After selection and reviewing the expectations during integration, the process of actual integration begins. Unfortunately, attempting to integrate a TMS with other supply chain systems may come with significant challenges, and it’s best you take the planning of integration seriously, even if the TMS provider has what seems an easy integration process. Moreover, after getting top-down support for integration, which is similar to the TMS selection process, as outlined in our previous white paper, “TMS Evaluation: How to Evaluate, Select & Build the Case for A TMS” shippers must begin identifying the issues present that warrant integration. In other words, how will integration improve operations? The answer is simple; integration ensures data continuity and sharing, reducing delays, and optimizing TMS value. Of course, it hinges on following the right steps to integrate a TMS with other supply chain systems too.
At the onset of the process to integrate a TMS, it is essential to identify the environments of existing systems. For example, a Windows IIS server or Lenox Apache server is necessary to enable the standard integration through Cerasis. Knowing the situations in operating systems of your current systems will streamline integration and ensure your software developer understands your needs.
Depending on the capabilities of your software vendor, you may be able to go through a standard implementation and integration process or a Web services process. It depends on whether your solution will reside within the cloud or leverage your on-premise capabilities and servers. At this point, it is essential to visit with your software vendor and thoroughly review the details and functionality of standard versus Web services integration.
Next, it is vital to think about the schedule for integration. While everyone is focused on the return on investment, focus on realistic goals. This will help ensure the TMS provides the maximum ROI within the shortest period. However, creating unrealistic goals will only serve to build hostility within your organization and could lead to a loss of shareholder support for integration.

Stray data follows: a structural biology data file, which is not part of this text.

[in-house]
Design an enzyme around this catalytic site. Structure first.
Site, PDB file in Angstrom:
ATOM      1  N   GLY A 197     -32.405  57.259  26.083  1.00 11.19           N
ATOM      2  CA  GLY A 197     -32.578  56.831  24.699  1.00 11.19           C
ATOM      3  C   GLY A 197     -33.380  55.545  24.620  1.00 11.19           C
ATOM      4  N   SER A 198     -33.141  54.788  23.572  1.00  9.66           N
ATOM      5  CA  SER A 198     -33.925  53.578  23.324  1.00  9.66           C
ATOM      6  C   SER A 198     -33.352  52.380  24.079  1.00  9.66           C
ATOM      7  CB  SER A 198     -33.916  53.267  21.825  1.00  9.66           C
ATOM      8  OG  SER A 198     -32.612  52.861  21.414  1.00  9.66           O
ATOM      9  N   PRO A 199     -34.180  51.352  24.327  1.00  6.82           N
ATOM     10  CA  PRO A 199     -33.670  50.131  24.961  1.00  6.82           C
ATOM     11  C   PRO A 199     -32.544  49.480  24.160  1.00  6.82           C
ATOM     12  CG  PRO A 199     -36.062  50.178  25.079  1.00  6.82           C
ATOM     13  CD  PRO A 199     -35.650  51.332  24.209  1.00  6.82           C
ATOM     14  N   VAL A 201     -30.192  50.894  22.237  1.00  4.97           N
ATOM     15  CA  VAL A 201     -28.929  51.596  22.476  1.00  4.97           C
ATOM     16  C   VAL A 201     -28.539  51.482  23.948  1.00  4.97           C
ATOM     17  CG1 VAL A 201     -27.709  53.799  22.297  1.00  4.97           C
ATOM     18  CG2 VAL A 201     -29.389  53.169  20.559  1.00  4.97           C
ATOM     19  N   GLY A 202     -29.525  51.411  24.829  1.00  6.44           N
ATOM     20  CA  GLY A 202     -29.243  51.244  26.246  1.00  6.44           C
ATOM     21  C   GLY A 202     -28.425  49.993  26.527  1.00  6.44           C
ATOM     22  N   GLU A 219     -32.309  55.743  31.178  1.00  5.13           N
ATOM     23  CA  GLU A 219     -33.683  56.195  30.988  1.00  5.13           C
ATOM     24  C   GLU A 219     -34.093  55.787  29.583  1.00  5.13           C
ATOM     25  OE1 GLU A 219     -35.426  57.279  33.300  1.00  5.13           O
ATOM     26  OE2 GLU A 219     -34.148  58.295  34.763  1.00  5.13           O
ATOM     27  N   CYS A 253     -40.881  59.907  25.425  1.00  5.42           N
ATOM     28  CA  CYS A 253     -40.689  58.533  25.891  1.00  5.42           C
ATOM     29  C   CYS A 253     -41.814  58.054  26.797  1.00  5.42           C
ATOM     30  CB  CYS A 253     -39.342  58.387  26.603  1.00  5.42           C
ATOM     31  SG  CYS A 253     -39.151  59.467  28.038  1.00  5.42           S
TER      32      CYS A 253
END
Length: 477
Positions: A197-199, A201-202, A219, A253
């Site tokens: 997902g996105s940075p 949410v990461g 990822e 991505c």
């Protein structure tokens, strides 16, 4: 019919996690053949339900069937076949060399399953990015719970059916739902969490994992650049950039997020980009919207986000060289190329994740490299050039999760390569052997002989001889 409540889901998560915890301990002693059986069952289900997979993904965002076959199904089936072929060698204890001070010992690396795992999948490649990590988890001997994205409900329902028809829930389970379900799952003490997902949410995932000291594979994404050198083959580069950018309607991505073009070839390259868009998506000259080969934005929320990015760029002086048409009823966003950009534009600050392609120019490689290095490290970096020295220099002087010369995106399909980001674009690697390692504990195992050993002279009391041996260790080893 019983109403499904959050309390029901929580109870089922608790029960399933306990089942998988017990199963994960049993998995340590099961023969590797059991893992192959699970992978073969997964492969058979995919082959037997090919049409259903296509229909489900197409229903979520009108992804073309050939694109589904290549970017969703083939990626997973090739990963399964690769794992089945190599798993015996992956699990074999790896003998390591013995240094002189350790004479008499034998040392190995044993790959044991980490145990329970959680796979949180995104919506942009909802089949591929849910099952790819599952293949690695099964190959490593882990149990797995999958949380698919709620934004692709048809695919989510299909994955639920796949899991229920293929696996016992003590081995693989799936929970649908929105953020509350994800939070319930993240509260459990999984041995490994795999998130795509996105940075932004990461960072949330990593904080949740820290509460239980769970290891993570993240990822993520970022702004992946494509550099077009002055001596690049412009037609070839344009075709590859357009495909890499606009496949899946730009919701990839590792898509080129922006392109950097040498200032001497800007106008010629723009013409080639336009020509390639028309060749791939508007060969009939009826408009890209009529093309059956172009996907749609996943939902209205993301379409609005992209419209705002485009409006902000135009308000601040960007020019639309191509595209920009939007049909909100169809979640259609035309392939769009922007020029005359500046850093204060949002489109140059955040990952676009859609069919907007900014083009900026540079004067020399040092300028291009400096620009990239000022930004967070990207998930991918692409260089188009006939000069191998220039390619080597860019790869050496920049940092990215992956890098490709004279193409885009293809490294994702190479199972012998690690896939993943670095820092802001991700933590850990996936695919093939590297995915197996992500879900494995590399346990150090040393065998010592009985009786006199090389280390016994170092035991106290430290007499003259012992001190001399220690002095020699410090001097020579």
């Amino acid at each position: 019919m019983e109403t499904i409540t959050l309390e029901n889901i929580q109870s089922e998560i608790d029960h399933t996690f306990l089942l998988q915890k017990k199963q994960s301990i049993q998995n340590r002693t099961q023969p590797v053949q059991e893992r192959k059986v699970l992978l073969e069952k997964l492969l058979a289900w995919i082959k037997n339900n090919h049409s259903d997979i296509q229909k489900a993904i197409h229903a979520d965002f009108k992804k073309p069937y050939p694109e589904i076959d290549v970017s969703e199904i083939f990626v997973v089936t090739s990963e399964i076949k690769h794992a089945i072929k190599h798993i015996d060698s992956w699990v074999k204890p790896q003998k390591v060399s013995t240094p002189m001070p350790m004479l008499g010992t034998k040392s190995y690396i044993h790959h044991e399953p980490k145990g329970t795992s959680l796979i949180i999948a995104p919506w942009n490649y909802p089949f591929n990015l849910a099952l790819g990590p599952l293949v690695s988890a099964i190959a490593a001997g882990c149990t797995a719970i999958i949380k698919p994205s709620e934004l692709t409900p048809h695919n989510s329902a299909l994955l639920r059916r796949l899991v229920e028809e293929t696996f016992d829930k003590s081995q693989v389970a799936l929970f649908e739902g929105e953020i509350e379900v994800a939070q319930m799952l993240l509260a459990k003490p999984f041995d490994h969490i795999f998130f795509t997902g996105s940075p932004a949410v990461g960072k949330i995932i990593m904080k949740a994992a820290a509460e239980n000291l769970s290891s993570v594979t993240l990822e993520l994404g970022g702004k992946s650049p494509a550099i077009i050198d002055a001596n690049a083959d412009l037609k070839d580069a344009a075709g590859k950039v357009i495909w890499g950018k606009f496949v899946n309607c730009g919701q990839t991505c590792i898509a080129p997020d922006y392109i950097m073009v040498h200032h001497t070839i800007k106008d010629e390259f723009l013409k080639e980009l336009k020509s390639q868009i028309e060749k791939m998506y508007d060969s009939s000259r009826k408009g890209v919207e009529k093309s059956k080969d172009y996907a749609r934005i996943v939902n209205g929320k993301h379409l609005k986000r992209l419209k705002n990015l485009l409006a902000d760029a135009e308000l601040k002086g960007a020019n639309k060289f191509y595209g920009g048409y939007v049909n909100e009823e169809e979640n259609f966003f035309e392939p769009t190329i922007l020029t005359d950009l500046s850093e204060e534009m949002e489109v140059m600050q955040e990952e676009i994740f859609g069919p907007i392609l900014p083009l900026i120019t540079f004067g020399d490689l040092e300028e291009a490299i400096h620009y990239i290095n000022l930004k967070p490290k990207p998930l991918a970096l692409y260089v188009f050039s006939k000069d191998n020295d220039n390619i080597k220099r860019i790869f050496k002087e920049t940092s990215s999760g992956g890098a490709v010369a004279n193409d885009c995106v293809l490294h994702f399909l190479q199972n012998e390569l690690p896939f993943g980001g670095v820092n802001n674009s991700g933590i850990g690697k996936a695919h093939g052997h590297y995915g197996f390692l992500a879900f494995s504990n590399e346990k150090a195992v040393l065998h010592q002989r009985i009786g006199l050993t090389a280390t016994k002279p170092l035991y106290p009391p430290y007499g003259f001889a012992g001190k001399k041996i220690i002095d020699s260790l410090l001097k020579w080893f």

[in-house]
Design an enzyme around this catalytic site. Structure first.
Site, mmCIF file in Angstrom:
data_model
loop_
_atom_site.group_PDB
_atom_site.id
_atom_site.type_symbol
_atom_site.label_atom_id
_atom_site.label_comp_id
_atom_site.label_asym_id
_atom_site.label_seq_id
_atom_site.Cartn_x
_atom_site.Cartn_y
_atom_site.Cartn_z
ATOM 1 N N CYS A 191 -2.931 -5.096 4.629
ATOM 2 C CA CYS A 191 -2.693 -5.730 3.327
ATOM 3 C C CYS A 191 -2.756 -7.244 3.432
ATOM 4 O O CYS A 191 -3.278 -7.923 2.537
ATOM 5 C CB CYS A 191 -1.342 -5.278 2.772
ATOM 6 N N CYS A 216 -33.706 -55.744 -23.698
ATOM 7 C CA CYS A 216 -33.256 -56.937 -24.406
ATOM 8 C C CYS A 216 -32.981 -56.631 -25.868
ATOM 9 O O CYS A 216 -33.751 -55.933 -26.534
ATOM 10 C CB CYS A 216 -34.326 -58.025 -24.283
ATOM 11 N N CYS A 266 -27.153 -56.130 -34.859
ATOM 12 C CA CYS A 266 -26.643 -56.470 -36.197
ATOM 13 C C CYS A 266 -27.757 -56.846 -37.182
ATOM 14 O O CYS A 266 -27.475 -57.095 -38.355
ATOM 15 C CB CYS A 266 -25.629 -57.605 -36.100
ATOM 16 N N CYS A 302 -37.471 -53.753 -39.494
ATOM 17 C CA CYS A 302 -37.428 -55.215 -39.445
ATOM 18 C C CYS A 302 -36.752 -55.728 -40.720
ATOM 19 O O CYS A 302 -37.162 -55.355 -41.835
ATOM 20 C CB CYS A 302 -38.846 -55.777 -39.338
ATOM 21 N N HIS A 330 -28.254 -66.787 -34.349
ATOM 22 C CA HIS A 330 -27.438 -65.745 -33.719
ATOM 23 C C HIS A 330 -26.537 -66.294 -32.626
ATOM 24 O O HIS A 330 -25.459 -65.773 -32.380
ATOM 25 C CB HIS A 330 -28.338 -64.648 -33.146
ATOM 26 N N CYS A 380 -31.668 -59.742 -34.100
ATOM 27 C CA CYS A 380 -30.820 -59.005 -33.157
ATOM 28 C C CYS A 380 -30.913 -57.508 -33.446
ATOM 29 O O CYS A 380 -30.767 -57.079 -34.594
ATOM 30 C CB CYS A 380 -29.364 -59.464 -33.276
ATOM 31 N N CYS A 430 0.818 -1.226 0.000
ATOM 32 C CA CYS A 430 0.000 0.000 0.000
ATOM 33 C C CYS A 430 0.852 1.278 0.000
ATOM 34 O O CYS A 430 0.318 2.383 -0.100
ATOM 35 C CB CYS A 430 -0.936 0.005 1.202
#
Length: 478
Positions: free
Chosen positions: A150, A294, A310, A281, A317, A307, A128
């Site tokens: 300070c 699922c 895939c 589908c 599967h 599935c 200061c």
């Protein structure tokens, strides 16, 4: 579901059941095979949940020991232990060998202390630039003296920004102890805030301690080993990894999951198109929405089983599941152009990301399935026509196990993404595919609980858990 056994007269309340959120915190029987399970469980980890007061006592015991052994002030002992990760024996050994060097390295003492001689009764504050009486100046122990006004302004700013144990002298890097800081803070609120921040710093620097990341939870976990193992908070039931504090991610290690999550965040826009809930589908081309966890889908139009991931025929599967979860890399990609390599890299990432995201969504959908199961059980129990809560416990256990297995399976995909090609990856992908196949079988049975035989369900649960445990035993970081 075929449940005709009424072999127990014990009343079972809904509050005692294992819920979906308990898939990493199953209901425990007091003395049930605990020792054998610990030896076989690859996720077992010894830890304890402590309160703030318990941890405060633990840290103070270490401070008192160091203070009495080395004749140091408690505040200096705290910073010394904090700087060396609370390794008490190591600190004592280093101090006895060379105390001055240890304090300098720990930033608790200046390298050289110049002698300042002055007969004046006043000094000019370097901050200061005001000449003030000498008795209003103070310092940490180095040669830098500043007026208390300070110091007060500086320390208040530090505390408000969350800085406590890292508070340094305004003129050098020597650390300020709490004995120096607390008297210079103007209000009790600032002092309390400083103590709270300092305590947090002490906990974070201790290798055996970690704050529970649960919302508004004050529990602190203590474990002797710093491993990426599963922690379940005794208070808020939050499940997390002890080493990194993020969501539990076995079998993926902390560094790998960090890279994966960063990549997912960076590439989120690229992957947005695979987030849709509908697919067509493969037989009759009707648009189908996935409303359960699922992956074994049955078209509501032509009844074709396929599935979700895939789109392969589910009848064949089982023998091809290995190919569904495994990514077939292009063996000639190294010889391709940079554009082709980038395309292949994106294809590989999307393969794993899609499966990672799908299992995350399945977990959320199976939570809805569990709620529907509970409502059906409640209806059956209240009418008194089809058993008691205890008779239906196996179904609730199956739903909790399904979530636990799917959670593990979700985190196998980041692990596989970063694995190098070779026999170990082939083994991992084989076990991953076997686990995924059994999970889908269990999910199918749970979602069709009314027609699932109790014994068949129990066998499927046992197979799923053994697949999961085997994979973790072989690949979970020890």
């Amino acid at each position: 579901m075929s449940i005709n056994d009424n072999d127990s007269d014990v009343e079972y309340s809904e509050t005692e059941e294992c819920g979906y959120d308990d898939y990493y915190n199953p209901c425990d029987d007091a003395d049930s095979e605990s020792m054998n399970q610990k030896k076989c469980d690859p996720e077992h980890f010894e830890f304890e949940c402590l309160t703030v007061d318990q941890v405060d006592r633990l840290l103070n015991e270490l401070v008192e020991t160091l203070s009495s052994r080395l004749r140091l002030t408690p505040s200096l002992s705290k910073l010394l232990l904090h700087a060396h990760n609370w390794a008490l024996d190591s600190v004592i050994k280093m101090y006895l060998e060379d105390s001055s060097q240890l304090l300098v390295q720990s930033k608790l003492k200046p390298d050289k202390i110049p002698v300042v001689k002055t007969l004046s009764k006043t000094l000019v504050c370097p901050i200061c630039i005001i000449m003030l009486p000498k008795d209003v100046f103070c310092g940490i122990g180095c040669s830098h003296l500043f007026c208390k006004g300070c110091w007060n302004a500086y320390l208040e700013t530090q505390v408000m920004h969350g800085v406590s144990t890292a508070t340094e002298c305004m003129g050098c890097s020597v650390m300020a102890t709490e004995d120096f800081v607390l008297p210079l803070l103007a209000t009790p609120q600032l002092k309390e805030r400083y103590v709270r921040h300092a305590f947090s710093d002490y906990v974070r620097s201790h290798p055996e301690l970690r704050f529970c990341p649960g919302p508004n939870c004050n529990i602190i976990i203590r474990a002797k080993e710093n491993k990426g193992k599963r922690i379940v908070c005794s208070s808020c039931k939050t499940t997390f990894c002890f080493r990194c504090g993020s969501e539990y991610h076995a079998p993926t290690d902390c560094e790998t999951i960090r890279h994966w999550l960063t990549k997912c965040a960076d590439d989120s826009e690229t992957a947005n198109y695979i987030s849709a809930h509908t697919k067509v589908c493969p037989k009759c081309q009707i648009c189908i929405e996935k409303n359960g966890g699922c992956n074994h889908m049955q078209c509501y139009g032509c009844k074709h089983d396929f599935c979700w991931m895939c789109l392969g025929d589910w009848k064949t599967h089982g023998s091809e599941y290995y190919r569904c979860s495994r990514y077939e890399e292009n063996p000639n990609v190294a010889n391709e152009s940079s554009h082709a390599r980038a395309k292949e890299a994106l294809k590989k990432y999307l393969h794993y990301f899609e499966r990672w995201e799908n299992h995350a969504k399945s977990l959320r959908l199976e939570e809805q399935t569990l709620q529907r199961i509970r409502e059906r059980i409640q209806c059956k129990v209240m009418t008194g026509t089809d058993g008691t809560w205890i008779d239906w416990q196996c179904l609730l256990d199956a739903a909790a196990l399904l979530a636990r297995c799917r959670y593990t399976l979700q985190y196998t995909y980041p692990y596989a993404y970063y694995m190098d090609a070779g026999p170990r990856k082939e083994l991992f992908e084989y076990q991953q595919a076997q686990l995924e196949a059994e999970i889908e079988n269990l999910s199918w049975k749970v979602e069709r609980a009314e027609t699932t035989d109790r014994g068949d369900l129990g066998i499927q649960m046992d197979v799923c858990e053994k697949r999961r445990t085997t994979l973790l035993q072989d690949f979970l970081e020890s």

Shippers should also set aside appropriate IT and labor resources to enable optimum integration. Although the software vendor knows how to integrate your platform, the experience and on-premise familiarity with your existing systems will make the IT team’s involvement invaluable. Furthermore, allocate plenty of resources to eliminate delays from an inability to complete tasks. This initial assembly of your team will also lay the groundwork for change management in order to get TMS adoption throughout the enterprise.
Your TMS software vendor will also provide a list of steps and actions to take to complete integration. It is essential to follow these steps thoroughly, and if any issues arise, contact the TMS developer for clarification or advice.
The testing environment is the area where the TMS developers and your internal IT staff will work together to put together new functions and ensure the TMS performs the appropriate calls to retrieve information from your other systems and execute functions based upon them. In other words, the testing environment is the preemptive phase of use of the TMS before your go-live date. It is crucial to take advantage of the testing environment fully.
After the integration is complete, shippers will also undergo a certification process, verifying that data called through the TMS is routed accordingly. This is essentially a final step of testing, and once it is complete, shippers will be given production access to the TMS.
Receiving their production access is the first real step in moving data from your existing systems and putting the TMS to use in your facility.
Finally, any successful integration will also depend on your ability to build support for the new systems integration in your existing operations and train your team on how to use it appropriately.
Although initial integration may take place relatively fast compared to developing a TMS within your organization, it will be necessary to update the system according to manufacturer and developer specifications routinely. Fortunately, those leveraging Web services integration and cloud-based platforms do not have the added worry of downtime when the system updates.
Shippers that take the time to follow these 10 steps can successfully integrate a transportation management system with their other supply chain systems without unnecessary delays and added costs. Furthermore, those that work with an established, experienced partner, such as Cerasis, can rely on their expertise to streamline and optimize integration.
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